LEST WE FORGET | February 1, 1814 Mayon Volcano Eruption

Behind its majestic and mystical form, Mayon Volcano hides its long history of violent eruption. But today, let’s unwrap one of its most notable explosions – the 1814 eruption!

Exactly 209 years ago today, February 1, 1814, the most violent eruption episode of Mayon Volcano took place wrecking havoc, devastating nearby towns and killing 12,000 people in Albay.

In effect, the nearest pueblo, Cagsawa, despite its resistance and hesitation, has been integrated into the nearest municipality, Daraga.

Similarly, the almost perfect cone volcano demonstrated a Plinian blare, the most violent and largest eruption that destroyed the nearest church in lahar. That historical church is now called Cagsawa Ruins, a historical and tourist site in Albay.

To make sense of what happened during that sorrowful day, stated below are some historical texts that describes the horrifying eruption:

“On February 1, 1814, a fearful eruption occurred in the volcano Mayon, which partially or wholly destroyed many villages in Albay and Camarines; hot stones, sand, and ashes were poured forth from the crater, and villages were thus set on fire, and their inhabitants killed. The slain numbered 12,000, besides many more seriously injured; and those who escaped lost all their possessions. The most fertile and beautiful districts of Camarines were converted into a desert of sand.” (Blair & Robertson, The Philippine Islands 1493-1898, v.51, as cited in Ocampo, 2013 )

“Early in the morning of Tuesday, it was very quiet in Camarines. It was clear, with a clear horizon. However, I noticed that the hills closest to the volcano were covered by a fog which I thought to be smoke coming out of a house which might had (sic) been burned that night. At eight o´clock of that frightful morning, at which hour the volcano began suddenly to throw a thick column of stones, sand and ashes which very quickly went up the atmosphere, at the site of which we were very surprised, filled with the greatest dread, all the more when we noticed that it covered very quickly the fold of the volcano. We had never seen such an eruption. That is why we were persuaded that a great river of fire was flowing towards us and was about to bury us.” (Aragoneses, F.F. (2021). Suceso espantoso acaecido en la erupción del volcan de Albay en la isla de Luzon una de las llamadas Filipinas (Philippiniana Sacra). UST Publishing House. Original work published 1815), as cited in Saysay Bikol, 2023)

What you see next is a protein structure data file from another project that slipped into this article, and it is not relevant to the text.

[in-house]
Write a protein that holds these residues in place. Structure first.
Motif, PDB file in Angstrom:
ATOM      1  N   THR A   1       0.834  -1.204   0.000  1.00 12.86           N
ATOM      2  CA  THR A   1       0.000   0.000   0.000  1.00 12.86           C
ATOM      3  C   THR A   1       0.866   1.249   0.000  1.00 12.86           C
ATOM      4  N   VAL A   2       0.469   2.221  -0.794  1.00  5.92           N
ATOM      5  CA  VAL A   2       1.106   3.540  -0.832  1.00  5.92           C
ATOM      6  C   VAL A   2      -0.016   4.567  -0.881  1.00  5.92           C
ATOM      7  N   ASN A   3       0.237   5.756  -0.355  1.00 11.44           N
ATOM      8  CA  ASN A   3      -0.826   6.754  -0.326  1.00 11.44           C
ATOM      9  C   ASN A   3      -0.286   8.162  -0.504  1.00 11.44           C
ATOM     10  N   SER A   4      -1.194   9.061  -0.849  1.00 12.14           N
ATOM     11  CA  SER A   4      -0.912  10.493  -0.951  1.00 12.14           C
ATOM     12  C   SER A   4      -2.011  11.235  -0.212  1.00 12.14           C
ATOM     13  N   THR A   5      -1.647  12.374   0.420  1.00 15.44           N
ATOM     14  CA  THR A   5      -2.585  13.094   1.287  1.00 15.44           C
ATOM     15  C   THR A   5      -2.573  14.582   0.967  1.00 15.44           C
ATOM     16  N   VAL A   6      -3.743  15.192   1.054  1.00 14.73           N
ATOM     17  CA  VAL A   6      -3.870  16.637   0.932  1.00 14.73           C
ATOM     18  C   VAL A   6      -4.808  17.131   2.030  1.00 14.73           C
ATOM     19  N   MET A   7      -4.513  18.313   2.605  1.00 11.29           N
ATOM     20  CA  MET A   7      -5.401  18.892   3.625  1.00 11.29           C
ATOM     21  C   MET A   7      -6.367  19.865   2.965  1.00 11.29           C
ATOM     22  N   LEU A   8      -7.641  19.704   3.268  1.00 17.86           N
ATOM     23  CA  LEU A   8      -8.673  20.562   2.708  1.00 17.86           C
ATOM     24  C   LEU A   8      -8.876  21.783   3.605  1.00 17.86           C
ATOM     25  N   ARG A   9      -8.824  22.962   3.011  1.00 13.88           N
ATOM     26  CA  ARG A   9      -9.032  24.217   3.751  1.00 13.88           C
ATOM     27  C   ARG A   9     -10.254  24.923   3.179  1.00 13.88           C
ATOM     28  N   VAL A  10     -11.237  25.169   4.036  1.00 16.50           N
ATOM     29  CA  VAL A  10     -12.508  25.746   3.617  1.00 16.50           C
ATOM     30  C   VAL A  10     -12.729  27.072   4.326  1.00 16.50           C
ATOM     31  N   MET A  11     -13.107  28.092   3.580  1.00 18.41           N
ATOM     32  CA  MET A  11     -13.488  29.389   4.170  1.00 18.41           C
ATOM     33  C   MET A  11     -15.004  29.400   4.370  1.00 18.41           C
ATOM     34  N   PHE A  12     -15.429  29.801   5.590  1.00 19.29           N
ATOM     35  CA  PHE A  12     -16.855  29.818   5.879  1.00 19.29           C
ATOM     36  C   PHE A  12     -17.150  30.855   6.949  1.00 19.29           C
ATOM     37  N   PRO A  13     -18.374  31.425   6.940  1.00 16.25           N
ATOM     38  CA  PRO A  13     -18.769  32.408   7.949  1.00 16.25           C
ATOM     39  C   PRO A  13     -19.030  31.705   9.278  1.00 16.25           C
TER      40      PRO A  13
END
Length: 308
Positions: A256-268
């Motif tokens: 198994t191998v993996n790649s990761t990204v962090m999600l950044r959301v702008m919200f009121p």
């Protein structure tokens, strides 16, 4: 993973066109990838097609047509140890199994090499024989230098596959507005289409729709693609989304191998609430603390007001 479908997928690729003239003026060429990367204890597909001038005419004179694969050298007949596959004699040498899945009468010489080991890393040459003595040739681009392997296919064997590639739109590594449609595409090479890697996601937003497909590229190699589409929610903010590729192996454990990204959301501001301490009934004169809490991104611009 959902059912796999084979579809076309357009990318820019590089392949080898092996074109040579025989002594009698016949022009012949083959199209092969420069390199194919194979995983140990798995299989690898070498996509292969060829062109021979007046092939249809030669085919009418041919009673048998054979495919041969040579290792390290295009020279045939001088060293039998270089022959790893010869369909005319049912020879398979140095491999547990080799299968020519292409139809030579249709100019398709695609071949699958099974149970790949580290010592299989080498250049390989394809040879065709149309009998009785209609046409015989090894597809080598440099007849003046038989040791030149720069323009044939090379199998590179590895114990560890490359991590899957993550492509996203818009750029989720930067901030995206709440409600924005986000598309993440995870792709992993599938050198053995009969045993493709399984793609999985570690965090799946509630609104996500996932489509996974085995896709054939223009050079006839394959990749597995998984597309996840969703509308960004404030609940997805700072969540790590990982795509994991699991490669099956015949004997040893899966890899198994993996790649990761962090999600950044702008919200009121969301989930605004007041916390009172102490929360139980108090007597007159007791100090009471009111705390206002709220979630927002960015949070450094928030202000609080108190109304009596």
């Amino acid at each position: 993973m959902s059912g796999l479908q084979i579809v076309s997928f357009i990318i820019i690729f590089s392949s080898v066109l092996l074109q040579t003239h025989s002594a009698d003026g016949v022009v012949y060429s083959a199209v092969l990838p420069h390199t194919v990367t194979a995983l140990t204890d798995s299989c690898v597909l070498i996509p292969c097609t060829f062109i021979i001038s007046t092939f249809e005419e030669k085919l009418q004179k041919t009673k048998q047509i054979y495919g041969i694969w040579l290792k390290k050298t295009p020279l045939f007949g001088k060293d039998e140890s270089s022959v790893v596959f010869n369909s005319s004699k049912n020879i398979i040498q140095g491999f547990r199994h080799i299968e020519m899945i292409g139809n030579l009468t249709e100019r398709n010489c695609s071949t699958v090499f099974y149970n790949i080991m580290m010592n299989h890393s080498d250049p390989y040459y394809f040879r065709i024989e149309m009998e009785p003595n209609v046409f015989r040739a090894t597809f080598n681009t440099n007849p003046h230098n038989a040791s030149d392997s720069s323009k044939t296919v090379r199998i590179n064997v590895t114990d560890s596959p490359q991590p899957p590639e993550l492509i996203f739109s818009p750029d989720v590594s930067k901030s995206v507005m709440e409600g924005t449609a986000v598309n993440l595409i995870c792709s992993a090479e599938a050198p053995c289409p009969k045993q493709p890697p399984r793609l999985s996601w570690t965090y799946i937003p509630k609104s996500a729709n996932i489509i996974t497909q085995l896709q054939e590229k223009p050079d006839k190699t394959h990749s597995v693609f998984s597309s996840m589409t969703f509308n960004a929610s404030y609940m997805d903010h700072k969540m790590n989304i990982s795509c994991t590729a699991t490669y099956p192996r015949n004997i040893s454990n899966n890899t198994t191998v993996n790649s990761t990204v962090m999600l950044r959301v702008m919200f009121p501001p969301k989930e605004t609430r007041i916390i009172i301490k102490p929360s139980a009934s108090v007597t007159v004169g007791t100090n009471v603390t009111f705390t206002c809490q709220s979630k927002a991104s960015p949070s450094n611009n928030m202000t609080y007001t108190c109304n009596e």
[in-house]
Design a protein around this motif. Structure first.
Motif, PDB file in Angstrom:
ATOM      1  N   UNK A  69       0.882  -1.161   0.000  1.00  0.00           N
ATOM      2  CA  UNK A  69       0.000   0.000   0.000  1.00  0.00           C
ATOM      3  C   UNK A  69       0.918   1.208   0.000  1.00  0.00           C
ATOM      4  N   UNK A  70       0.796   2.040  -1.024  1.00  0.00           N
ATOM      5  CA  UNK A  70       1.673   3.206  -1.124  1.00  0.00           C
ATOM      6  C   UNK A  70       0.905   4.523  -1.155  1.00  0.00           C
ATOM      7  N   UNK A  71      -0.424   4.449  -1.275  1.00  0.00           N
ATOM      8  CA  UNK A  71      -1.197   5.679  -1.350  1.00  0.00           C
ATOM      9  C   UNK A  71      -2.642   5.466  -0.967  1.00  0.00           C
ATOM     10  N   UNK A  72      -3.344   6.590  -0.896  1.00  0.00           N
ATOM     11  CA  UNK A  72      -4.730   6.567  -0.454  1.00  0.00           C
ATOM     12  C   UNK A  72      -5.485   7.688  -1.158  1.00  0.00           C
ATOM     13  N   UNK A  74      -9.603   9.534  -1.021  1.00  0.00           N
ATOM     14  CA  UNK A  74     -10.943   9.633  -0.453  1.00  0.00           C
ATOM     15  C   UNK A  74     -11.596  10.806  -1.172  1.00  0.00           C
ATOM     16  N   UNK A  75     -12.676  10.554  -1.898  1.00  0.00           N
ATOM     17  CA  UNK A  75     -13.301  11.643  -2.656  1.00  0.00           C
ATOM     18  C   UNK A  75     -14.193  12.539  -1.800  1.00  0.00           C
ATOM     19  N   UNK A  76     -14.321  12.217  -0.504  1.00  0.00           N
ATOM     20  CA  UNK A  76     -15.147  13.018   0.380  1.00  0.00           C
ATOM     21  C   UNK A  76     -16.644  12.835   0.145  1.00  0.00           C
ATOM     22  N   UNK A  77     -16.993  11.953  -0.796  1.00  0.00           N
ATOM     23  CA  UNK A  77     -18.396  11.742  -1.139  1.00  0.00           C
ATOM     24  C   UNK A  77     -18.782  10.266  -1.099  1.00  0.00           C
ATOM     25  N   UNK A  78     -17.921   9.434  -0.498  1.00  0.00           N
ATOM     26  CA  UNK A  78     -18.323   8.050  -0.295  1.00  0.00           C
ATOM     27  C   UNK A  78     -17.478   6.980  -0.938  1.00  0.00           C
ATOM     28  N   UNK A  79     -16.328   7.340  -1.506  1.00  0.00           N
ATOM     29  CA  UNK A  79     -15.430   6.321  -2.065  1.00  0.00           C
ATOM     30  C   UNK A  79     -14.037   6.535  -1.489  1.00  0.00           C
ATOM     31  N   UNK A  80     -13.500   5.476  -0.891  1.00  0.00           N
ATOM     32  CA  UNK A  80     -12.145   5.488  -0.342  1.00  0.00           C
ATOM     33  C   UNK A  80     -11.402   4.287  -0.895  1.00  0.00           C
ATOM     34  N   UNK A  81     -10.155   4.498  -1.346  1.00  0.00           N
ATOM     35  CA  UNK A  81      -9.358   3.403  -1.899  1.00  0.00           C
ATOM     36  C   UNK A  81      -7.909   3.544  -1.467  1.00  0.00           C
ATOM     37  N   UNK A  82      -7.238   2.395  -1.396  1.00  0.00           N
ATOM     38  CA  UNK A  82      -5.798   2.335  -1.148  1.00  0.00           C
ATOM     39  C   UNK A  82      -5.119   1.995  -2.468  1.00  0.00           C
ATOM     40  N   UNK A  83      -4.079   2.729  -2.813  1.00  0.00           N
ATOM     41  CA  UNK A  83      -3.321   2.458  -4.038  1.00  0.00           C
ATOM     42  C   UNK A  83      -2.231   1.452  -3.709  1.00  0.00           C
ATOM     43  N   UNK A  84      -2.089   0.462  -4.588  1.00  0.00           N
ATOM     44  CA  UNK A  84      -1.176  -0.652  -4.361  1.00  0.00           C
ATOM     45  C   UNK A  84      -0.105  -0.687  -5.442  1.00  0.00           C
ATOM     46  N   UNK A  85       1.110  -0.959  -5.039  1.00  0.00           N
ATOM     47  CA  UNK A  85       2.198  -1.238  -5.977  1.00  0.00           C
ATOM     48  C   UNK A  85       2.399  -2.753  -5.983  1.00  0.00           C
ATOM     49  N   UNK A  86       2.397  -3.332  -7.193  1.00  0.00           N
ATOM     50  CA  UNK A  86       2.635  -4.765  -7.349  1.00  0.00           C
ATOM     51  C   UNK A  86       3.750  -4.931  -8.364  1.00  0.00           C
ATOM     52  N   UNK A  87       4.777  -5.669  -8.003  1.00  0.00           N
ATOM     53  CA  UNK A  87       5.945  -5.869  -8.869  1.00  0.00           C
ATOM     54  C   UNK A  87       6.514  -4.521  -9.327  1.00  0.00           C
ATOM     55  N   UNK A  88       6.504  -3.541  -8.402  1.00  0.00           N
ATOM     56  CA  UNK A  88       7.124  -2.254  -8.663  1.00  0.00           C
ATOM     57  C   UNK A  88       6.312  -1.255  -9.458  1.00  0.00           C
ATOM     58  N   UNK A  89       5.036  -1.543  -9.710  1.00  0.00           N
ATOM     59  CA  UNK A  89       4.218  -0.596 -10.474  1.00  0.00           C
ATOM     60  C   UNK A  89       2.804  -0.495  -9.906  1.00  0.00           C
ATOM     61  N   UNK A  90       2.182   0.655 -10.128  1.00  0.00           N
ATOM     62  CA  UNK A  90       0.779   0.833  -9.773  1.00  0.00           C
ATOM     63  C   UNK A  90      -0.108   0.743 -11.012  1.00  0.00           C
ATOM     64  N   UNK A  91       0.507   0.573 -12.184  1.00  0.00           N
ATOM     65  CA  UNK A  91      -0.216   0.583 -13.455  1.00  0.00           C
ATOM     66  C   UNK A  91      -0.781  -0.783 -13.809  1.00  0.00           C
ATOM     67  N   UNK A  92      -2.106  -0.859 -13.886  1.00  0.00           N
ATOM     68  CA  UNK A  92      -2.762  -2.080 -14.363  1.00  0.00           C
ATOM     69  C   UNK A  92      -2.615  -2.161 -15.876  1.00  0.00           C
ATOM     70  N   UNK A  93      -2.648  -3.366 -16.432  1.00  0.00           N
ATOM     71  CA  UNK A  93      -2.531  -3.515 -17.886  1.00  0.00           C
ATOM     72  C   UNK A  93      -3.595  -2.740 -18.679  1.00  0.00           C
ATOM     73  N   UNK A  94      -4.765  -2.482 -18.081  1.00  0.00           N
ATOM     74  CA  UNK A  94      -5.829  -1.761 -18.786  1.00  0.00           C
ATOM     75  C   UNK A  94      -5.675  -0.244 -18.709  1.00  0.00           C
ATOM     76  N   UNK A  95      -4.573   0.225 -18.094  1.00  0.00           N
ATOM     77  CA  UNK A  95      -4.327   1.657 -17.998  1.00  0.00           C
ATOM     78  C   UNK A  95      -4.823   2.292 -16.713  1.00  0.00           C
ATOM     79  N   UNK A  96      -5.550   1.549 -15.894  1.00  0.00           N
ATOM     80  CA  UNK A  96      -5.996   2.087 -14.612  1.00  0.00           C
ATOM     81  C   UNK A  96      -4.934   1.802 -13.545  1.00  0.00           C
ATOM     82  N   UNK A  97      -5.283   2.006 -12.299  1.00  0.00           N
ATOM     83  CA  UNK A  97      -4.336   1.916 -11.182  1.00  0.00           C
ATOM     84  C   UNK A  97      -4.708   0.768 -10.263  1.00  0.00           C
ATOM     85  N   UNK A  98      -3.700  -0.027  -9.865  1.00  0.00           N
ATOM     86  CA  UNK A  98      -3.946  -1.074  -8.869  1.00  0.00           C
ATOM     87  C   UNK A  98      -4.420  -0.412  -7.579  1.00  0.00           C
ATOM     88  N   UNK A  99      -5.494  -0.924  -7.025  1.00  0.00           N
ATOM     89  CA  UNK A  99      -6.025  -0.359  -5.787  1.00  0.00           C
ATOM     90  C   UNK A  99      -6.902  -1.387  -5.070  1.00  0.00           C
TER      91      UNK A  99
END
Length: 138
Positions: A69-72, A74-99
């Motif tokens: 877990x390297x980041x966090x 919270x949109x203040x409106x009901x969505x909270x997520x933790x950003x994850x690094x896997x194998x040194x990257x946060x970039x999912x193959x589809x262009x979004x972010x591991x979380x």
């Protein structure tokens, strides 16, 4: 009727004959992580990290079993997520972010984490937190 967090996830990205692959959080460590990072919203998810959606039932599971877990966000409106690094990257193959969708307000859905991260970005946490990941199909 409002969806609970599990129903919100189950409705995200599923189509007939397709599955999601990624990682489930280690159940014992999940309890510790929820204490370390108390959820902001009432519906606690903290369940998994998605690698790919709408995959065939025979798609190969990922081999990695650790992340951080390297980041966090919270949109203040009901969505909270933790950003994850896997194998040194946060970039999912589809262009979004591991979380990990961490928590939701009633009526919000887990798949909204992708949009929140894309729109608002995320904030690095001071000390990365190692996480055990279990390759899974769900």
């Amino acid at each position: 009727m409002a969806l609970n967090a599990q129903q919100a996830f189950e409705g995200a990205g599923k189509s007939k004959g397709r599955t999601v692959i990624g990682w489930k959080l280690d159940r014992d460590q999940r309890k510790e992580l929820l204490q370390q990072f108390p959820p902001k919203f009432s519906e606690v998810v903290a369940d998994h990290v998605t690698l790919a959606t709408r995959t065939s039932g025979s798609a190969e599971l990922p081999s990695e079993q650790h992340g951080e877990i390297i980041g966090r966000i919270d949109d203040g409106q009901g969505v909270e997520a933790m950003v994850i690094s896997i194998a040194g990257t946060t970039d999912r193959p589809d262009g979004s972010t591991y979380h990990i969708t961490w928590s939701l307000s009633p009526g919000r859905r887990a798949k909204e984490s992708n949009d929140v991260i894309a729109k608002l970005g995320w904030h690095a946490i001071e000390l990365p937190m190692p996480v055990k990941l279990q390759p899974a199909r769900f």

“About 10 o’clock the rain of large stones ceased, substituted by a rain of sand; and (by) 1:30 the noise somewhat diminished and the sky began clearing up. The ground was covered with cadavers and the seriously wounded; in the church of Budiao were 200 persons and in a house of that same town were 35 people. Five towns of Camarines were completely destroyed and the major part of the villa of Albay. Some 12,000 people died, very many were seriously wounded, and those who survived lost all their property. The volcano had a sad and horrendous aspect; its slopes previously so picturesque and cultivated, could be seen covered with sand; the blanket of rocks and sand had a thickness of from 10 to 12 yards. In the area where Budiao was located, the coconut trees were buried up to their crown…The most beautiful parts of Camarines, the most fertile regions of the province, had been converted into an arid desert of sand.” (F. Jagor, 1873, Reisen in den Philippinen, as cited in Ocampo 2013)

Mayon Volcano is endearing to the eyes of many.  But lest we forget that behind its beauty lies its rich historical roots that are crucial to the foundation of contemporary Albay. I Arvie Bediones

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Photo by Jona Bagayawa
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Photo by Aimee Mae Gizelle Sesno


Saysay Bikol (2023, February 1). February 1, 1814 Mayon Eruption Below Below is an English translation of an excerpt from Fray Francisco Aragoneses, OFM’s “Suceso espantoso acaecido en la erupción del [Image attached] [Status update]. Retrieved from https://web.facebook.com/photo?fbid=489947923306735&set=a.394307712870757

S.J. Olan (2015, February 1). Looking back: Mayon volcano’s most destructive eruption. Rappler. Retrieved from https://www.rappler.com/moveph/82577-mayon-volcano-1814-eruption/

A. Ocampo (2013, May 7). The mayon eruption of 1814. Inquirer.net. Retrieved from